Earlier this year, the city of Medellin was the venue of the Global Entrepreneurship Conference, co-hosted by the most prominent experts on entrepreneurship and entrepreneurship support around the world. The main topics of the conference included the power of data in entrepreneurship policy, new trends in the availability of early stage capital, education programs, and the role of entrepreneurship in post-conflict economies.
As a group of entrepreneurship researchers, Endeavor Insight was, of course, represented at the GEC conference. Here is a recap of some of the most interesting research published in the Innovations Journal, in a special edition for the conference.
Iqbal Z. Quadir:
Inclusive Prosperity in Low-Income Countries:
Efforts Made at the Legatum Center of MIT
This paper tells the story of MIT’s Legatum Center, an entrepreneurship training program that exposes aspiring entrepreneurs at MIT to the conditions in developing countries. It is a program created with the belief that business opportunities geared at lower-income segments of the world population have the potential to create spectacular innovation and have a potential to decrease income inequality. Even better, if the products are tools that increase productivity (such as cellphones or cell phone credits), they also give people more purchasing power and contribute to economic growth.
The authors conclude that the Legatum Center has great potential to strengthen talent and innovation in low-income countries, and to “bring the realities of low-income countries to MIT’s doorstep,” a similarly valuable and innovative contribution to entrepreneurship education. To learn more about the program, please visit http://legatum.mit.edu/, or read the full report here.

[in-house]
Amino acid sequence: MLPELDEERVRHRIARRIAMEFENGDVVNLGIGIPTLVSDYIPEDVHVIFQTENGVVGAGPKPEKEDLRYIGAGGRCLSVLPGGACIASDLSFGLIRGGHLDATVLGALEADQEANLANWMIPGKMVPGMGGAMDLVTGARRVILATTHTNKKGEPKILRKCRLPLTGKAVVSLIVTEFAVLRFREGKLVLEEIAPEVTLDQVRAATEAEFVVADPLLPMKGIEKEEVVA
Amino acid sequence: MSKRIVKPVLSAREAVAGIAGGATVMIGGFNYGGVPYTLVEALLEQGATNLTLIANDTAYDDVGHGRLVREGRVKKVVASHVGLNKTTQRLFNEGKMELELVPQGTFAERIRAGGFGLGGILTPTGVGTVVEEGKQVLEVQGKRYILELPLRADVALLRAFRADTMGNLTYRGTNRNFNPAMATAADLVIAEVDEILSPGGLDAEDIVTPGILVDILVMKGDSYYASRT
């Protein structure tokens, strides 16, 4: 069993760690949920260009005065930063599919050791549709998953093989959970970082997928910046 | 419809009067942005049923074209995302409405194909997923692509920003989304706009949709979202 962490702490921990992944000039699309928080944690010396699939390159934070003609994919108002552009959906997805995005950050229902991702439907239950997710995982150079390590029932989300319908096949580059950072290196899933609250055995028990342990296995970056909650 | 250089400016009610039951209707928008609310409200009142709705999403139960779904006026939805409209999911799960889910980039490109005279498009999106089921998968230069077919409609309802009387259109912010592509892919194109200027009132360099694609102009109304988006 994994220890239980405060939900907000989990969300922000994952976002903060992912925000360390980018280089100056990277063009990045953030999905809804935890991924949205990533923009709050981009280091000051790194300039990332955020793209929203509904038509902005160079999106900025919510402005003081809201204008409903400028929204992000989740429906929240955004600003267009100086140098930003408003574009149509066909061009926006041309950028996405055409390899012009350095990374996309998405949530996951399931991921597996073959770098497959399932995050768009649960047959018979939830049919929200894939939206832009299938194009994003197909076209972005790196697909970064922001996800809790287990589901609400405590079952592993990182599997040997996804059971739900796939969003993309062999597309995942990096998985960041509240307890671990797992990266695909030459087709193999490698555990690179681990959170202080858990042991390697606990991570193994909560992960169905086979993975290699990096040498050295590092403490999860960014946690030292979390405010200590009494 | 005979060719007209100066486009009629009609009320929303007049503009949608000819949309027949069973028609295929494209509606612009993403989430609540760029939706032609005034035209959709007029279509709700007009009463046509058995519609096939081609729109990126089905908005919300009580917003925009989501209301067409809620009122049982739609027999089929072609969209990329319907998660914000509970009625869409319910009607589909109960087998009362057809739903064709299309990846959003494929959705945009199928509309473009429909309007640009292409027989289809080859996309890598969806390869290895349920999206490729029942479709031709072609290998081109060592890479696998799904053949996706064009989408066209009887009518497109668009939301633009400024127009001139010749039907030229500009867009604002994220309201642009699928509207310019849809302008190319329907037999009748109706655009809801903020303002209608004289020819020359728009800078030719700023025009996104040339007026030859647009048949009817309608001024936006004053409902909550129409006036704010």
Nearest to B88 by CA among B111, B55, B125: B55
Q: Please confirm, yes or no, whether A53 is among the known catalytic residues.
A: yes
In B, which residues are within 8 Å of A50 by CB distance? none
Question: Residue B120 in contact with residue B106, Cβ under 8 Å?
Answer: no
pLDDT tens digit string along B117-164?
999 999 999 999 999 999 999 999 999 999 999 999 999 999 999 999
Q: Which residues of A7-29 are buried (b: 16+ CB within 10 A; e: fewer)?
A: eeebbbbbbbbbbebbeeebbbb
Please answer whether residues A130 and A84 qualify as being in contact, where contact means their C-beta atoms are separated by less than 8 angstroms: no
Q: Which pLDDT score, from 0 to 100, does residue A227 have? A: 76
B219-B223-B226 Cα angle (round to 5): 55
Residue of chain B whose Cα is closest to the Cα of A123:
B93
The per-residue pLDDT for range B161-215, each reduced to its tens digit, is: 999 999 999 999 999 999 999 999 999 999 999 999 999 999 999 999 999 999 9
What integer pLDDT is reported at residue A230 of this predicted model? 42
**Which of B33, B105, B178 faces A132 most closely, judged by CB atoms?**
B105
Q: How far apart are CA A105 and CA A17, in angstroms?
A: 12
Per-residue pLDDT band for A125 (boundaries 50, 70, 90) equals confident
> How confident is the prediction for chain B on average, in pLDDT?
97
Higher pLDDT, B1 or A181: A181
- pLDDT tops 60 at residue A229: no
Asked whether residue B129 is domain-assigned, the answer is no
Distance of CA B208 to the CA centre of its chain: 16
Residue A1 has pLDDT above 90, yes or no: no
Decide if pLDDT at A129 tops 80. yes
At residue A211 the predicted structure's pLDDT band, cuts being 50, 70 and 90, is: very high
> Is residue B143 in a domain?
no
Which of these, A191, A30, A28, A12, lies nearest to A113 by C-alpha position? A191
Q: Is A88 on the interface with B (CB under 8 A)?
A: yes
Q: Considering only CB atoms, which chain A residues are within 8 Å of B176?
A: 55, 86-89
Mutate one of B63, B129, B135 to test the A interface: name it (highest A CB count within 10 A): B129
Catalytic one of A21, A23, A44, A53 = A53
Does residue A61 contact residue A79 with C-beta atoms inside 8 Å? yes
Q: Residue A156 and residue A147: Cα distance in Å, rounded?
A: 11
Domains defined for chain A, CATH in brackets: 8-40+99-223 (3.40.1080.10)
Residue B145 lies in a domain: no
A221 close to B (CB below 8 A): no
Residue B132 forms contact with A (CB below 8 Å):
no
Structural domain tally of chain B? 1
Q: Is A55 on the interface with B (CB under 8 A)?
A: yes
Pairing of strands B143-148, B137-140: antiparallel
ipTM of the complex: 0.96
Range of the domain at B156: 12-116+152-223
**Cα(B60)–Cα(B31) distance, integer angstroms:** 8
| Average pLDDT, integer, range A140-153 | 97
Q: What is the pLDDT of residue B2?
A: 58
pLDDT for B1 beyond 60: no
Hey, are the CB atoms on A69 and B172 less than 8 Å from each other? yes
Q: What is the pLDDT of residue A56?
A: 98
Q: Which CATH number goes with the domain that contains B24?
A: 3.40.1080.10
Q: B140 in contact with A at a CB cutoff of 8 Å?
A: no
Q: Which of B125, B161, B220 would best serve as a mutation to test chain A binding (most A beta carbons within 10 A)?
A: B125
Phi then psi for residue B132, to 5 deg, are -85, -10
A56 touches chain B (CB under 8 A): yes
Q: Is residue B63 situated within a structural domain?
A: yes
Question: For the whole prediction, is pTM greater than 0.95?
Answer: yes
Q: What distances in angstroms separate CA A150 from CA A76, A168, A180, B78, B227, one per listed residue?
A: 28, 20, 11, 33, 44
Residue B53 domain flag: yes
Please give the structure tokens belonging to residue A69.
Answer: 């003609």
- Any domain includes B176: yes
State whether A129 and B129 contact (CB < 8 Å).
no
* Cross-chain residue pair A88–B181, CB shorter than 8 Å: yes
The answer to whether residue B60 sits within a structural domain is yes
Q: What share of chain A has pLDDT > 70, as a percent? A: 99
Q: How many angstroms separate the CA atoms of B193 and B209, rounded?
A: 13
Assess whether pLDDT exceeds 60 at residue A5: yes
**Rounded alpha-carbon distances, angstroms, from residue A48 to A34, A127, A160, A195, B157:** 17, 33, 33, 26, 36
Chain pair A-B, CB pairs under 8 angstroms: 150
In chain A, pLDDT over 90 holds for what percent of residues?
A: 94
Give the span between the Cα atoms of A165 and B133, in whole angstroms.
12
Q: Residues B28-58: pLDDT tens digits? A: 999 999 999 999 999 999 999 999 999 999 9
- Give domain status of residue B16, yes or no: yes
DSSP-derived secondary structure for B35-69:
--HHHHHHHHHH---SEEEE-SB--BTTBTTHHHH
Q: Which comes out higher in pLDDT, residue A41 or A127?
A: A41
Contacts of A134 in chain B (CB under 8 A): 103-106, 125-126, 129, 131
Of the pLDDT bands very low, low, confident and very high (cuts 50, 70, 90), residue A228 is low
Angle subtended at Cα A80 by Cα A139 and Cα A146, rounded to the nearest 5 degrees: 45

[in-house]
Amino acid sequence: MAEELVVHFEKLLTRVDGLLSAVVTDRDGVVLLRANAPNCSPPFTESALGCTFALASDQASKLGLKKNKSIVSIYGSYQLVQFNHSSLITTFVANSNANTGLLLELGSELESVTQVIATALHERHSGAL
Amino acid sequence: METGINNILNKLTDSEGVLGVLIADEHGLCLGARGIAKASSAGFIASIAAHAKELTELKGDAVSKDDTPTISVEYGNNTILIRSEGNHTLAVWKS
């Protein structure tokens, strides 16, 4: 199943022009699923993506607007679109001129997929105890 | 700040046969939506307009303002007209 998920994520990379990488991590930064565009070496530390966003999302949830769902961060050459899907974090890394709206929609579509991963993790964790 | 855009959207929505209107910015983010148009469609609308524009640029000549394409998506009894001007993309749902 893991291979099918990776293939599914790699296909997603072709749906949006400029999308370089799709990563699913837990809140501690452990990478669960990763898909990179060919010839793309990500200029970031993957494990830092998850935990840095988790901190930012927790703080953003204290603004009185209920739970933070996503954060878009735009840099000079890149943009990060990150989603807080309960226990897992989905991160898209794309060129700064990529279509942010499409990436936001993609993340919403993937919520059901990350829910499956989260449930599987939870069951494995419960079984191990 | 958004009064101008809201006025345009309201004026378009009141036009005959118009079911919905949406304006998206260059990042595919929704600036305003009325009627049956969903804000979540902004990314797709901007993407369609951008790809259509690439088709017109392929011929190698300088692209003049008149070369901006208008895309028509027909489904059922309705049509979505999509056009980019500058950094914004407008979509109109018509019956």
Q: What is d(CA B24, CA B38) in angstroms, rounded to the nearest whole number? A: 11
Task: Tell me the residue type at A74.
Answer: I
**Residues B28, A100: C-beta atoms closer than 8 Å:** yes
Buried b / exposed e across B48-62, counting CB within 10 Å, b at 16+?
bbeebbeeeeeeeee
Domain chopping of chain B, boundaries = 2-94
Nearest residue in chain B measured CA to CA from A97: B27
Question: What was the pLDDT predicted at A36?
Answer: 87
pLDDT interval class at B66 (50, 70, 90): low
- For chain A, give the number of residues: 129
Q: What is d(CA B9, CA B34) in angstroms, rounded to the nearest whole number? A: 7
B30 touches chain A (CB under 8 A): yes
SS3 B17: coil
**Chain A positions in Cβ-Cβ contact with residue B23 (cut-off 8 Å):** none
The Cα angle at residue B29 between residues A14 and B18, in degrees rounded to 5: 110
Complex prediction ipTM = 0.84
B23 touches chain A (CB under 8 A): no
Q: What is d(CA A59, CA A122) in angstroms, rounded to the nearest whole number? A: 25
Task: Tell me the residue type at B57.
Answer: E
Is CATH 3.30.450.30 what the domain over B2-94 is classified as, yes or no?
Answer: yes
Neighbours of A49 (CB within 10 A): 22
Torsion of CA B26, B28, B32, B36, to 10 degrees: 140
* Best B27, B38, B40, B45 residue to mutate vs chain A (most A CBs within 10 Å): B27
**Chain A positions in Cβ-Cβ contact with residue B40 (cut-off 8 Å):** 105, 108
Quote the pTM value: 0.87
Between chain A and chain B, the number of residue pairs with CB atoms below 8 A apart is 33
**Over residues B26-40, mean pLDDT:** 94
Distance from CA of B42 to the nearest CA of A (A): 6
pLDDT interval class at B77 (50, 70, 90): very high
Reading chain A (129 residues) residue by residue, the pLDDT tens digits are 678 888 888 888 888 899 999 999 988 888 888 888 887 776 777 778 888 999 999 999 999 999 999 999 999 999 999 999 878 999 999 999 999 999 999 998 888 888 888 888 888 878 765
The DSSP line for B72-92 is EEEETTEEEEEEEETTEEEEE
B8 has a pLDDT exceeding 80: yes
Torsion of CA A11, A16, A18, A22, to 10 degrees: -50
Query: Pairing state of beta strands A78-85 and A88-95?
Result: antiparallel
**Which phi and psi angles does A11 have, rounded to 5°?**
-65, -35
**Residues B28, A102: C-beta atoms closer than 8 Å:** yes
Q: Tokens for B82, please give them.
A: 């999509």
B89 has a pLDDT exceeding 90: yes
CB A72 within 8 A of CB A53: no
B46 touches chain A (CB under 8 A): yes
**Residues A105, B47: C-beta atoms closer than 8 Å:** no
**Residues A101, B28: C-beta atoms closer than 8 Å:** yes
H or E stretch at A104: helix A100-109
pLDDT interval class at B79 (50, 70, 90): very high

Accelerating Entrepreneurship in Africa
Malik Fal takes a closer look at the obstacles in the way of aspiring entrepreneurs in Africa, the continent that is home to most of the world’s low-income population. Some of the most powerful findings of this research from Ethiopia, Ghana, Kenya, Nigeria, South Africa, Tanzania are:
- Self-finance and family loans are by far the main source of funding for African entrepreneurs.
- The cost of accessing both equity and debt capital is prohibitive.
- Human capital is scarce: schools lack in innovation, and tend to offer theoretical training more useful for corporate employees than aspiring entrepreneurs.
- The poor state of infrastructure in Africa is a substantial obstacle to growth, and it adversely affects market access and costs. The biggest infrastructure challenge is electrical power, both in terms of reliability and availability.
- Africa lacks widely capable business support, and large government support programs have proven inefficient, because one size does not fit all, and because government personnel are ill-equipped to provide capable assistance to entrepreneurs.
To learn more, please read the full report here.
The last piece of research makes Team Endeavor Insight especially proud, because some of the research summarized below originated from a very productive collaboration between the authors of the paper and the authors of this blog.
Victor Mulas, Michael Minges, and Hallie Applebaum:
Boosting Tech Innovation in Cities: A Framework for Growth and Sustainability of Urban Tech Ecosystems
Cities are increasingly becoming the new centers of technological innovation globally as entrepreneurship activity is moving from industrial parks in the suburbs to city centers, which are more dense and, as a result, more efficient in resource allocation, in terms of infrastructure, human capital, and networking opportunities, to name a few important factors. For policymakers and other stakeholders, the authors note that:
- Tech innovation ecosystems in cities need to be understood as a community or combination of communities.
- The focus of policies should be to support these communities and not the geographic area of the city in particular.
In terms of next steps for entrepreneurship research, they believe it is key that experts understand how:
- Technology innovation ecosystems impact employment and economic growth, and
- The ways in which local governments can support the growth and sustainability of tech ecosystems in cities.
To learn more about harnessing tech ecosystems in cities, read the full report here.
Contributed by Lili Torok.